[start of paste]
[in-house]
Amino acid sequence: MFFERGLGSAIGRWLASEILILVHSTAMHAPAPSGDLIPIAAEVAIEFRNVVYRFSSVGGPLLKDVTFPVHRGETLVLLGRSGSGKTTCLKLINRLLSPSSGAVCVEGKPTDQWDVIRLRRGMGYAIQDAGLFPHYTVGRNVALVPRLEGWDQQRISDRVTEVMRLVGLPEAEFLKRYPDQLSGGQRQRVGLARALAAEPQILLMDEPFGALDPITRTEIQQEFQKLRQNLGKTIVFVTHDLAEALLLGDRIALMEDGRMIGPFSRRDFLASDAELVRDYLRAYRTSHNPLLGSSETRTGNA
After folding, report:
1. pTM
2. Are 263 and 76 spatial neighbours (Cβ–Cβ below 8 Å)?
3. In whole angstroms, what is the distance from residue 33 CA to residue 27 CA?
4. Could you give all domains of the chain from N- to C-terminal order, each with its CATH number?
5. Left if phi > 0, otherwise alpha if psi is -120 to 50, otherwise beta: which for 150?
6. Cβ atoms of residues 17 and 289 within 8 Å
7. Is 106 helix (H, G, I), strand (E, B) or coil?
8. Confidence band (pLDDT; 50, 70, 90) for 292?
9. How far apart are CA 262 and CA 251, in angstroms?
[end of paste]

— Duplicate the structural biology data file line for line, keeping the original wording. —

[in-house]
Amino acid sequence: MFFERGLGSAIGRWLASEILILVHSTAMHAPAPSGDLIPIAAEVAIEFRNVVYRFSSVGGPLLKDVTFPVHRGETLVLLGRSGSGKTTCLKLINRLLSPSSGAVCVEGKPTDQWDVIRLRRGMGYAIQDAGLFPHYTVGRNVALVPRLEGWDQQRISDRVTEVMRLVGLPEAEFLKRYPDQLSGGQRQRVGLARALAAEPQILLMDEPFGALDPITRTEIQQEFQKLRQNLGKTIVFVTHDLAEALLLGDRIALMEDGRMIGPFSRRDFLASDAELVRDYLRAYRTSHNPLLGSSETRTGNA
After folding, report:
1. pTM
2. Are 263 and 76 spatial neighbours (Cβ–Cβ below 8 Å)?
3. In whole angstroms, what is the distance from residue 33 CA to residue 27 CA?
4. Could you give all domains of the chain from N- to C-terminal order, each with its CATH number?
5. Left if phi > 0, otherwise alpha if psi is -120 to 50, otherwise beta: which for 150?
6. Cβ atoms of residues 17 and 289 within 8 Å
7. Is 106 helix (H, G, I), strand (E, B) or coil?
8. Confidence band (pLDDT; 50, 70, 90) for 292?
9. How far apart are CA 262 and CA 251, in angstroms?